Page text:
March 21 (Bloomberg) -- Fortum Oyj, the biggest utility in Finland, gained to a 10-month high in Helsinki as the government decided to cut the amount it plans to raise from a windfall tax.
The company climbed 3.4 percent to 15.82 euros, the highest level since May 15, by 6:02 p.m. in the Finnish capital. Trading was 4.4 million shares, 70 percent above the three-month daily average. Planned revenue from the tax was lowered to 50 million euros ($65 million) a year from 170 million euros, Prime Minister Jyrki Katainen said after talks on spending.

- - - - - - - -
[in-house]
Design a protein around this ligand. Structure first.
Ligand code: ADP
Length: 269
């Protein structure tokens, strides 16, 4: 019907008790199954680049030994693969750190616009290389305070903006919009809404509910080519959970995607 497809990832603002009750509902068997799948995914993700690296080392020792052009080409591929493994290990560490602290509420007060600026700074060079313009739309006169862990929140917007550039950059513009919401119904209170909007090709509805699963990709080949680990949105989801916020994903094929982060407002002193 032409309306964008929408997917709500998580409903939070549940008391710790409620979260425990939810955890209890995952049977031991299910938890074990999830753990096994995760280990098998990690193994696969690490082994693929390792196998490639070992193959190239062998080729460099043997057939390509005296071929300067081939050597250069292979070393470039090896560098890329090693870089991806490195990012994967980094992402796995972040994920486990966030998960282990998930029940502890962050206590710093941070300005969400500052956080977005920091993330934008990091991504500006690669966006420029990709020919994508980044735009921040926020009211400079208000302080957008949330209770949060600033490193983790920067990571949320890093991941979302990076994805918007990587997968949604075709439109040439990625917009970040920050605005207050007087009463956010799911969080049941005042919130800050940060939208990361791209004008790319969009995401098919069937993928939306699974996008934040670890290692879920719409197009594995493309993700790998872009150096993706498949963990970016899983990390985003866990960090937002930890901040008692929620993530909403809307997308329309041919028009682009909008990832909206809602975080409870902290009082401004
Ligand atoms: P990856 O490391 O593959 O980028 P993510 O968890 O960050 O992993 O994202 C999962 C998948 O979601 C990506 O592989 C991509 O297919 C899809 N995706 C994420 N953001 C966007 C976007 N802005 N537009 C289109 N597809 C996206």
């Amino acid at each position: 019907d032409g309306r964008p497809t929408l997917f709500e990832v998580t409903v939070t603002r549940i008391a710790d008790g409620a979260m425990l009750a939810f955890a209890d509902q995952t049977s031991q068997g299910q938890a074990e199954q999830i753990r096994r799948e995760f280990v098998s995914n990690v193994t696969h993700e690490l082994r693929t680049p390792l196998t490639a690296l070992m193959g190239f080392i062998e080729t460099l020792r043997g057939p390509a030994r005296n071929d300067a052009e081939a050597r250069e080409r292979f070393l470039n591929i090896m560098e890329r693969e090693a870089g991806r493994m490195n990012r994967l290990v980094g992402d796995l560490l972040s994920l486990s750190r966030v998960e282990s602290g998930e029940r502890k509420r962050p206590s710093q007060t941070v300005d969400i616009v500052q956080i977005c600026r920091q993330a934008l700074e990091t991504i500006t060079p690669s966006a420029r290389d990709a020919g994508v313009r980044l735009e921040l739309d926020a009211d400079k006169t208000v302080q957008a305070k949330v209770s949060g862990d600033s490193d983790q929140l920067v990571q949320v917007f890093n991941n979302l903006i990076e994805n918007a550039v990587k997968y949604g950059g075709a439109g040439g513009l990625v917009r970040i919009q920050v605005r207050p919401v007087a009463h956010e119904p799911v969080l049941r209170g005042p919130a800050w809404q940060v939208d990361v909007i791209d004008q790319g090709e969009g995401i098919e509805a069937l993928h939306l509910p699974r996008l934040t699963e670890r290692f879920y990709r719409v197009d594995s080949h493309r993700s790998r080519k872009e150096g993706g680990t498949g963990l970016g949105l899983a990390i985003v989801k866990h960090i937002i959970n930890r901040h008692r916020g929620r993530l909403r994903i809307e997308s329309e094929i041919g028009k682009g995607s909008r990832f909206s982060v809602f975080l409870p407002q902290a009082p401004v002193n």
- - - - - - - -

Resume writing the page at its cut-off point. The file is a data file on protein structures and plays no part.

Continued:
“For Fortum, this means a relief of about 60 million euros annually,” Karri Rinta, an analyst at Svenska Handelsbanken AB, said by phone. “This shows that the political risk involving utilities in the Nordic countries is clearly lower than in Southern Europe and perhaps elsewhere in the region.”
Fortum generates electricity from nuclear and hydropower.
To contact the reporter on this story: Kasper Viita in Helsinki at email@example.com
To contact the editor responsible for this story: Christian Wienberg at firstname.lastname@example.org